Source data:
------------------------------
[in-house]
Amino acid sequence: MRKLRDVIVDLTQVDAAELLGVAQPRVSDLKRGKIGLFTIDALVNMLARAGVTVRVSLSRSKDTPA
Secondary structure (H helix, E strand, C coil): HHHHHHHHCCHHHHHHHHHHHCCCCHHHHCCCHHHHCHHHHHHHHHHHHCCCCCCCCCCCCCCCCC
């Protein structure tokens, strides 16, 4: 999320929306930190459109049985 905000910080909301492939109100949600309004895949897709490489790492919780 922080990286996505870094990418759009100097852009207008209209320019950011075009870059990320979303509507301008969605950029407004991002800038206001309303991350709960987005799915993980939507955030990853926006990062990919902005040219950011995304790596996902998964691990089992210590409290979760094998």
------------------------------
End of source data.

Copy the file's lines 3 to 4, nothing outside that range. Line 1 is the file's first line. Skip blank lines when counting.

Secondary structure (H helix, E strand, C coil): HHHHHHHHCCHHHHHHHHHHHCCCCHHHHCCCHHHHCHHHHHHHHHHHHCCCCCCCCCCCCCCCCC
């Protein structure tokens, strides 16, 4: 999320929306930190459109049985 905000910080909301492939109100949600309004895949897709490489790492919780 922080990286996505870094990418759009100097852009207008209209320019950011075009870059990320979303509507301008969605950029407004991002800038206001309303991350709960987005799915993980939507955030990853926006990062990919902005040219950011995304790596996902998964691990089992210590409290979760094998």